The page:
the outside of the building, visually transforming the dated property. A new 5” super insulated shell, combined with a super insulated reflective roof, high efficiency windows and extensive air sealing, will increase the insulation value of the building by a factor of ten. Because of super insulation, the building will require only a fraction of the energy to heat and cool. Additional energy savings will be made using small high efficiency cooling and heating equipment, LED and CFL lighting, Energy Star appliances and solar hot water. WinnDevelopment also went for (and received) LEED Platinum for the renovation of a 19th Century building into residential lofts. Oliver Lofts was renovated after 30 years of vacancy. The mixed-income housing community consists of 62 residences, including artist studios, one and two bedroom flats, and two bedroom-plus den townhouses. All 62 residences are leased, 43 of which are affordable. It is located in two connecting historic mill buildings in Boston’s Mission Hill. It is the only midrise, multi-family building in Boston to earn LEED Platinum, and one of only

Photo: Damianos Photography

oston is home to some of the greenest real estate in America, and WinnDevelopment has set the bar even higher with several recent retrofit projects. It recently completed a deep energy retrofit of Castle Square in Boston’s South End. The 540,000-square-foot, mixed-use property consists of 500 apartment units and 17 ground floor commercial spaces. The $50 million retrofit received LEED Platinum certification. WinnDevelopment was also presented with the “Green Residential Award” and named “Climate Action Leader” by Mayor Menino for Castle Square. Castle Square’s owners expect to realize reductions of up to 71% in the natural gas needed for heat and 78% for hot water. Electricity usage is also expected to decrease by up to 60 percent. The 192-unit Tremont Street midrise is expected to be the first building of its size to achieve energy savings of 72%. The key difference between Castle Square Apartments Deep Energy Retrofit and standard energy efficiency renovations is insulation, which at Castle Square will be located on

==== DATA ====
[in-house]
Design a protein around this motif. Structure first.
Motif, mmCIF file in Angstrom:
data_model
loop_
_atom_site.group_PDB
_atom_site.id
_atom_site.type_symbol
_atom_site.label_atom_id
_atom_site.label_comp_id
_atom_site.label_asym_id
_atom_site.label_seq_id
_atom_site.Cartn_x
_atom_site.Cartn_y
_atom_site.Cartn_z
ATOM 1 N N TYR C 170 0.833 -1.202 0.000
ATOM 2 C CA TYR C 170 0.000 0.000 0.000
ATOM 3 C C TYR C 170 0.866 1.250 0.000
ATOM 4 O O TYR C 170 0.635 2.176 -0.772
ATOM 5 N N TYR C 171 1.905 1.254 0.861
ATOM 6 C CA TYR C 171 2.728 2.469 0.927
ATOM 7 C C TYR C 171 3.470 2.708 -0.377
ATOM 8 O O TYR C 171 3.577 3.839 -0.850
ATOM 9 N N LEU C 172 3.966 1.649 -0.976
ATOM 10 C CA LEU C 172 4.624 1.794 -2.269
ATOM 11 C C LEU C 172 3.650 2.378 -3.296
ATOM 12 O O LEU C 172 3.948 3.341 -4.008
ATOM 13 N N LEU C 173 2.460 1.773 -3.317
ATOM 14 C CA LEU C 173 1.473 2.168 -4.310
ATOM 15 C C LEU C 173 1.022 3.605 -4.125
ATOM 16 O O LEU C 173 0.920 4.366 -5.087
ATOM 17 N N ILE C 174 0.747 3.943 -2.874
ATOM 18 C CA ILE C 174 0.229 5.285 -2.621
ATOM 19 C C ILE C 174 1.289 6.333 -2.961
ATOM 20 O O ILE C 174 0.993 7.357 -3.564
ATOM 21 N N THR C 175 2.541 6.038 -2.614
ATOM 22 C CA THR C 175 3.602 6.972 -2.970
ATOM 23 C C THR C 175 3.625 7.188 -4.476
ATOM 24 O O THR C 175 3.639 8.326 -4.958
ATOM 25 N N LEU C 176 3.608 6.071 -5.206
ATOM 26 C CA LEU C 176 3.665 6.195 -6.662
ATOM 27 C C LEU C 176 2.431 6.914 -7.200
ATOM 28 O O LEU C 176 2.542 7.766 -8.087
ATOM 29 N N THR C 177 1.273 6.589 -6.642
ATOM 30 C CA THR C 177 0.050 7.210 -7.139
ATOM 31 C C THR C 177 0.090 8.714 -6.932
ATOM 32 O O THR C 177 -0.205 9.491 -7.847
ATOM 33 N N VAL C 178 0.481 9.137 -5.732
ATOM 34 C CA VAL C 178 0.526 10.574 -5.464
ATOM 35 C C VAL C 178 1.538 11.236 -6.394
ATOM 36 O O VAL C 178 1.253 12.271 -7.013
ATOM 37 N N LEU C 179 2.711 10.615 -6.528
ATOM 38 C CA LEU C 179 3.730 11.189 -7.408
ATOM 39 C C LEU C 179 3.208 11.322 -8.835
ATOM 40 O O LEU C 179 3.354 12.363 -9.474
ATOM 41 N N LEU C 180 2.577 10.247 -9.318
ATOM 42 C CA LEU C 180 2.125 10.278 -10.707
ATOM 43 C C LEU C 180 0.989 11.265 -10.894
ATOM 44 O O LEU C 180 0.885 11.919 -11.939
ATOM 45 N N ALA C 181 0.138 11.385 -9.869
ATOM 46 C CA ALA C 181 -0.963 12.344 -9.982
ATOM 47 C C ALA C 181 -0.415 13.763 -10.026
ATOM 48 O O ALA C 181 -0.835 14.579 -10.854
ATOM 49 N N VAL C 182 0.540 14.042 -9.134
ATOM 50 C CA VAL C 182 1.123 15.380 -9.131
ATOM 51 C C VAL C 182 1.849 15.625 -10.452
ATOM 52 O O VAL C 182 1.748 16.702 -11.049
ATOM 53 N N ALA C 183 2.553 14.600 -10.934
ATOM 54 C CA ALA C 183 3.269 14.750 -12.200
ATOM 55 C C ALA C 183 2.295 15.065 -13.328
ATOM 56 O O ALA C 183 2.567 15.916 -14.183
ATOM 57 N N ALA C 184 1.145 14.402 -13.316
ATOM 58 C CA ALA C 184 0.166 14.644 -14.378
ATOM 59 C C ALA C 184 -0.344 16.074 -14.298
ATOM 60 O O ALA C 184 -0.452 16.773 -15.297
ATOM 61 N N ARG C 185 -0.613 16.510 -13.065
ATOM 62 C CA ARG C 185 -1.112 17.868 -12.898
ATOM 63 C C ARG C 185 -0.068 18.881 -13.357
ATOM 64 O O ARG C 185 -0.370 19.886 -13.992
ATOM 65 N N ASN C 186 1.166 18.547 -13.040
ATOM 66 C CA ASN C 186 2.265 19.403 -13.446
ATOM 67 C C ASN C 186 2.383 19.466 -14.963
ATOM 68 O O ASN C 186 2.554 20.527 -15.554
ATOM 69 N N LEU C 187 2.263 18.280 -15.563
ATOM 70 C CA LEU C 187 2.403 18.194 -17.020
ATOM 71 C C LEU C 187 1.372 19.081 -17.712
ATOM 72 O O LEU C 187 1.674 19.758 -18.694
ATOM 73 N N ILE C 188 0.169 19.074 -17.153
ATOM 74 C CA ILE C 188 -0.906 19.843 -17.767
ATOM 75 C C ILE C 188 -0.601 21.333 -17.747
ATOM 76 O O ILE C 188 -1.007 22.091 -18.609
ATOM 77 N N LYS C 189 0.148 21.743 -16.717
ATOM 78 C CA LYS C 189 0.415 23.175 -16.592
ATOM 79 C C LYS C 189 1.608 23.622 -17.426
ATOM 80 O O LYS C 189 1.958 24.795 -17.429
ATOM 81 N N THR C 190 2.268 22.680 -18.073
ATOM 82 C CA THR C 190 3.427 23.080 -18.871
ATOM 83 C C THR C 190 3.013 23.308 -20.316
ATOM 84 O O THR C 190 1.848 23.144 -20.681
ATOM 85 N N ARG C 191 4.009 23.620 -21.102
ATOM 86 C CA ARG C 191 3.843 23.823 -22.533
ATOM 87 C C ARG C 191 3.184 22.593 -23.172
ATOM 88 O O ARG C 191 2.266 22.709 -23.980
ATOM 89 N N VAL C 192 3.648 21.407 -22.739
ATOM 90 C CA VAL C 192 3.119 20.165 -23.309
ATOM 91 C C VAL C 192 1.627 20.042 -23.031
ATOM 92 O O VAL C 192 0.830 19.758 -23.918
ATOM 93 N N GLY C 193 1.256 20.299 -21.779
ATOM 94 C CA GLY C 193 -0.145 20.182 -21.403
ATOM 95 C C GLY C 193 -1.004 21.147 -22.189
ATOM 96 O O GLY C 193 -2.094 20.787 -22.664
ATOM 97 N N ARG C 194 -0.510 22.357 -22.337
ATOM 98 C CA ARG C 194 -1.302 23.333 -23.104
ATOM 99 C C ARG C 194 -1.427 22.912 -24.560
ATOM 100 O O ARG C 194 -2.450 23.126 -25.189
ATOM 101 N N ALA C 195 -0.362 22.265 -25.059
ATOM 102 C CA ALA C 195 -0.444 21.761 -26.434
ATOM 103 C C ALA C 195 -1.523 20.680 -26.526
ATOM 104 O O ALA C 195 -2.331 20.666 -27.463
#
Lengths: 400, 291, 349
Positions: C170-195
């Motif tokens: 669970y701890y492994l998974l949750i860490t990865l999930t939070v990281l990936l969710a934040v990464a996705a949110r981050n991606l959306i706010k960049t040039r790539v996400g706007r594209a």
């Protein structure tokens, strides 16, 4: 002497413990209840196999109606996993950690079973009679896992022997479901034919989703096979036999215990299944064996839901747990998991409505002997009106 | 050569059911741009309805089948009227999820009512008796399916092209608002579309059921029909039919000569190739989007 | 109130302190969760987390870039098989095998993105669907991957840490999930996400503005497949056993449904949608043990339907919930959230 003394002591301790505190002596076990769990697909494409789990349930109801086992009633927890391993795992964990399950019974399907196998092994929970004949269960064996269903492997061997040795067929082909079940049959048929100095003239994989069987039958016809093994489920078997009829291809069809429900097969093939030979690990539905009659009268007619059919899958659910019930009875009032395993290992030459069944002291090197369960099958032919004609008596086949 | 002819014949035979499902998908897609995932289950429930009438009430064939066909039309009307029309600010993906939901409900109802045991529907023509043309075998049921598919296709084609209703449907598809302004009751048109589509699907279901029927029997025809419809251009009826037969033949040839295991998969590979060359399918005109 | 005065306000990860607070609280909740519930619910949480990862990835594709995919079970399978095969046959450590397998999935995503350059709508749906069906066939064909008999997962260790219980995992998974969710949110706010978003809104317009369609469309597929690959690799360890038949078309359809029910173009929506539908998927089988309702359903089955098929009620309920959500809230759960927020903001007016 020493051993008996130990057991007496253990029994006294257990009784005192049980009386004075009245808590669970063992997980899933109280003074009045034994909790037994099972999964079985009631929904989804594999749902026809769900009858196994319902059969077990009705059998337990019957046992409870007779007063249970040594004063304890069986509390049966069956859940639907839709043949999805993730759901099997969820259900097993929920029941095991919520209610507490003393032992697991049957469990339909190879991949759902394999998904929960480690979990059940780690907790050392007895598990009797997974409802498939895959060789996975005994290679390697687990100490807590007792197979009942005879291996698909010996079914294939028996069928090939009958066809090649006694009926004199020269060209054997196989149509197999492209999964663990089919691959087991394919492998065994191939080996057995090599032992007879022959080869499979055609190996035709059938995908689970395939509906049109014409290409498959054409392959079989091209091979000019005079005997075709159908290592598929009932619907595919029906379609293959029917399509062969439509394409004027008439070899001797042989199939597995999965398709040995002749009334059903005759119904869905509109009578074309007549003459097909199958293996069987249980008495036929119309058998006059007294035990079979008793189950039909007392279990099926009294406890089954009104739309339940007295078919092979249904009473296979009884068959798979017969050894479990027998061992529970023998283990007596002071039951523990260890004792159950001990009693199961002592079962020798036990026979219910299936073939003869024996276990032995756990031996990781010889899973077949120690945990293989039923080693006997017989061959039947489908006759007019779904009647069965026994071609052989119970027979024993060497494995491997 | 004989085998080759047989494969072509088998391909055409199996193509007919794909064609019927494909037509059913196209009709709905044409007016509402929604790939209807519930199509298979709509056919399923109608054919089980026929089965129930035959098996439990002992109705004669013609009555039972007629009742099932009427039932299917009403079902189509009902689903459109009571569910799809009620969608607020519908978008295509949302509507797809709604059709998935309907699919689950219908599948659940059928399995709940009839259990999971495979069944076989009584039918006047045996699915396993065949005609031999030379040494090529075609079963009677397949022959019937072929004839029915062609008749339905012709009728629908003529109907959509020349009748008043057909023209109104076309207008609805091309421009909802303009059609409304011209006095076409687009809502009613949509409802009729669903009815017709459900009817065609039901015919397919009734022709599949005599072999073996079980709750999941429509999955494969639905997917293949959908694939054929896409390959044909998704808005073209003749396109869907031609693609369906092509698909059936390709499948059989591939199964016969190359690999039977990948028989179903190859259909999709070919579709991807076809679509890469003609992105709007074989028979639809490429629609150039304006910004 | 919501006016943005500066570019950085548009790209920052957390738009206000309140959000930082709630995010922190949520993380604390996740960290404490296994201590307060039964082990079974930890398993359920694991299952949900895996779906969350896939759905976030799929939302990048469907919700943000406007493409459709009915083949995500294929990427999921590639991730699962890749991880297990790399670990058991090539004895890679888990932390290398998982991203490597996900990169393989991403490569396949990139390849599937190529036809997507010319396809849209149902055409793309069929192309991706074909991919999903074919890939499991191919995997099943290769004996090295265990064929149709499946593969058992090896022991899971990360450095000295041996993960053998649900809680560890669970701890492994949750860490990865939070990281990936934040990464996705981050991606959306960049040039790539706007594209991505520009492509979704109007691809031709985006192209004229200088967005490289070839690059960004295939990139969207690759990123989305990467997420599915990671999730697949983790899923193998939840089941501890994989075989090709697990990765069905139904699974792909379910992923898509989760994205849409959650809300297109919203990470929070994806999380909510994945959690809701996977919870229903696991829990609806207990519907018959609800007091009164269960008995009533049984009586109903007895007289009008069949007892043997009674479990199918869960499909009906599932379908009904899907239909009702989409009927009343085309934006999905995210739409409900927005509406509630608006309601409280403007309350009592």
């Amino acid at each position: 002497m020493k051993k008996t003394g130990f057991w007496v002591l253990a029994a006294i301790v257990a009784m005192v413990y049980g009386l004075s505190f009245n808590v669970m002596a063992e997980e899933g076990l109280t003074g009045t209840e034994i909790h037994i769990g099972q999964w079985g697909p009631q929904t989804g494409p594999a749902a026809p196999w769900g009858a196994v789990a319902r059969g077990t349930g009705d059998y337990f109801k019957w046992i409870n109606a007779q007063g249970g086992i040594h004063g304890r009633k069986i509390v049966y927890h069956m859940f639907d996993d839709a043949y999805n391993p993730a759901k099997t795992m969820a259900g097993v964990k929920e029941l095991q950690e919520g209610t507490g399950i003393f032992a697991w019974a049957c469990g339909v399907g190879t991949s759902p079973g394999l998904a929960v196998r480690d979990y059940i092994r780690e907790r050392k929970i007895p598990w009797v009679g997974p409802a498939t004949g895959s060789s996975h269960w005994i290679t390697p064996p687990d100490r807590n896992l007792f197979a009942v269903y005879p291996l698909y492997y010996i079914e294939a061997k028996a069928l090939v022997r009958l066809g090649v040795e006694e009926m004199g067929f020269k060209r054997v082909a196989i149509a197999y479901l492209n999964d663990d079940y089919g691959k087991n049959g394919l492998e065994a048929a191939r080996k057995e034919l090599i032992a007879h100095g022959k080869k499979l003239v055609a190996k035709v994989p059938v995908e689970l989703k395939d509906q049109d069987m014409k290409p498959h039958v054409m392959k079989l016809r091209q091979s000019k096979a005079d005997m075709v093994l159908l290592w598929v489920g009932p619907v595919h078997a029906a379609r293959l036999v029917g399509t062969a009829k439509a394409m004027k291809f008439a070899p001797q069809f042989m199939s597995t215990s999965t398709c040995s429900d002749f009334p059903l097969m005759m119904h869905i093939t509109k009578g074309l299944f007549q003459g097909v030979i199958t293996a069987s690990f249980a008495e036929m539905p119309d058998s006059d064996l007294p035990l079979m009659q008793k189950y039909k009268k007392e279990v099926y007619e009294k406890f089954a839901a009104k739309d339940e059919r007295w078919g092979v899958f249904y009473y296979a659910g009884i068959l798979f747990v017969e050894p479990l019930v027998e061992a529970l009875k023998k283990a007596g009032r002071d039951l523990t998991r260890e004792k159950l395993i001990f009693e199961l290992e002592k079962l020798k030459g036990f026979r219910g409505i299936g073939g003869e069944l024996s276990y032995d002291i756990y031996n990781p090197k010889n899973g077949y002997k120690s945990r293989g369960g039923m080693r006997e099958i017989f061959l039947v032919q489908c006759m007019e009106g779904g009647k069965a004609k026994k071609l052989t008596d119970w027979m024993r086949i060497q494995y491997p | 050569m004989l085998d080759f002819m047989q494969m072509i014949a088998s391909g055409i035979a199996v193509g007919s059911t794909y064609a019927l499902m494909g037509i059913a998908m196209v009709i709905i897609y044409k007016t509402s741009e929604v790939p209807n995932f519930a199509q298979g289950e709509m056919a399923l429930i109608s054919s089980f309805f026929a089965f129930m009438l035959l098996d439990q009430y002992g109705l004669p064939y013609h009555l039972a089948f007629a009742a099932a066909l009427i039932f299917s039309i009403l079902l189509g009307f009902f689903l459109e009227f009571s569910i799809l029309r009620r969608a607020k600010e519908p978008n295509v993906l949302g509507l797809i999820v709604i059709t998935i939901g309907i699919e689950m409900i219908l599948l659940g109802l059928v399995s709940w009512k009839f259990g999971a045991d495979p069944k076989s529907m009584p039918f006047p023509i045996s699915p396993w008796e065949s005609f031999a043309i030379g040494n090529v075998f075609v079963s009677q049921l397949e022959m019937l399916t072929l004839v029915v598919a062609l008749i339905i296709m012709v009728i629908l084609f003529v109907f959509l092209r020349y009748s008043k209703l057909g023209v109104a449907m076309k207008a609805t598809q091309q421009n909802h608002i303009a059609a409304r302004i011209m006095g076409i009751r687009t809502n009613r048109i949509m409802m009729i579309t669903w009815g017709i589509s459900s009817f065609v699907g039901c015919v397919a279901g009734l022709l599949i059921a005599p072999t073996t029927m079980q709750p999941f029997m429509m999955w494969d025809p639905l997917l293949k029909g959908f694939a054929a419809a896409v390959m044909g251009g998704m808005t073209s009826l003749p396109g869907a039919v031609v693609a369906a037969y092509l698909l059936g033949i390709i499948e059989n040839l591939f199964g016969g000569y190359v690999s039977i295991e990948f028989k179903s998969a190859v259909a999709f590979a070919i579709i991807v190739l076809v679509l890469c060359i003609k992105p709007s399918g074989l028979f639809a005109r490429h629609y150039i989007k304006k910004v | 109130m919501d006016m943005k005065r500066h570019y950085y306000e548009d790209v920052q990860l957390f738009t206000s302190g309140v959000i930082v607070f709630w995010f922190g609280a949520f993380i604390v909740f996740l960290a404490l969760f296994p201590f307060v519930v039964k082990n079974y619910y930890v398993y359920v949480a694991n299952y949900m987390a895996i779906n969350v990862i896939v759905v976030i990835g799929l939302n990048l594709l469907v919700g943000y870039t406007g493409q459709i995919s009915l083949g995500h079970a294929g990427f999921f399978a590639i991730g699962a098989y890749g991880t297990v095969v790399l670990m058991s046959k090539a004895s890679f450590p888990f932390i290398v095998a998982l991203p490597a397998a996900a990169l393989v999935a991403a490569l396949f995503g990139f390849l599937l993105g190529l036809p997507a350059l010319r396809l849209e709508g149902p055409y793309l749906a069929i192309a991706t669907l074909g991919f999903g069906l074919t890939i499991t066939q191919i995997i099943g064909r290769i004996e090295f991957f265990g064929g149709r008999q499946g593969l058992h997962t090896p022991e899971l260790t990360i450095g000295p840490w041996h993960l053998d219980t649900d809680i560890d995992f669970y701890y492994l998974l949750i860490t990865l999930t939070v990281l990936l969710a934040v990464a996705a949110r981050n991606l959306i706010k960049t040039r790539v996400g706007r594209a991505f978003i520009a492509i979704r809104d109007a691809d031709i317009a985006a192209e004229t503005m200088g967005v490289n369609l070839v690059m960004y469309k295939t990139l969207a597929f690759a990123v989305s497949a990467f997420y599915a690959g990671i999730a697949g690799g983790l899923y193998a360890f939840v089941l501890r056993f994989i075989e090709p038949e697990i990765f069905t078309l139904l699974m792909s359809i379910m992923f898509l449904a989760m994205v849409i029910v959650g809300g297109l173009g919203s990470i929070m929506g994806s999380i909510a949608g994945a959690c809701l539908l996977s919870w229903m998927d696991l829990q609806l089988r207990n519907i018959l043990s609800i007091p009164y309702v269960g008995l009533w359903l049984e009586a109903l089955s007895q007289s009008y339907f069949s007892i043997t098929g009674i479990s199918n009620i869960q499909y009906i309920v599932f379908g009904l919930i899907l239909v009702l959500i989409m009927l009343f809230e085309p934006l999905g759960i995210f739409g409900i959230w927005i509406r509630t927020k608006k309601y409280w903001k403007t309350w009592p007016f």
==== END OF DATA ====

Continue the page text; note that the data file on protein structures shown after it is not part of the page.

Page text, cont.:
▲ Castle Square is a 500-unit project that underwent a deep energy retrofit

fall 2012 • Sustainable Communities

>> 31


The façade of Oliver Lofts, a historic

two historic mid-rise buildings in the entire country to achieve LEED Platinum certification after being converted into mixed-income housing. Formerly known as the PickleDitson factory, Oliver Lofts represents an exceptional rehabilitation of a formerly vacant, underutilized historic mill. The Winn design team focused on maintaining the historic integrity of the building by blending artistic and historical architectural detail with ultra-modern finishes. “Green living and sustainability are hallmarks of WinnDevelopment’s projects,” said Gilbert Winn, Managing Principal of the firm. “Oliver Lofts are a perfect example of our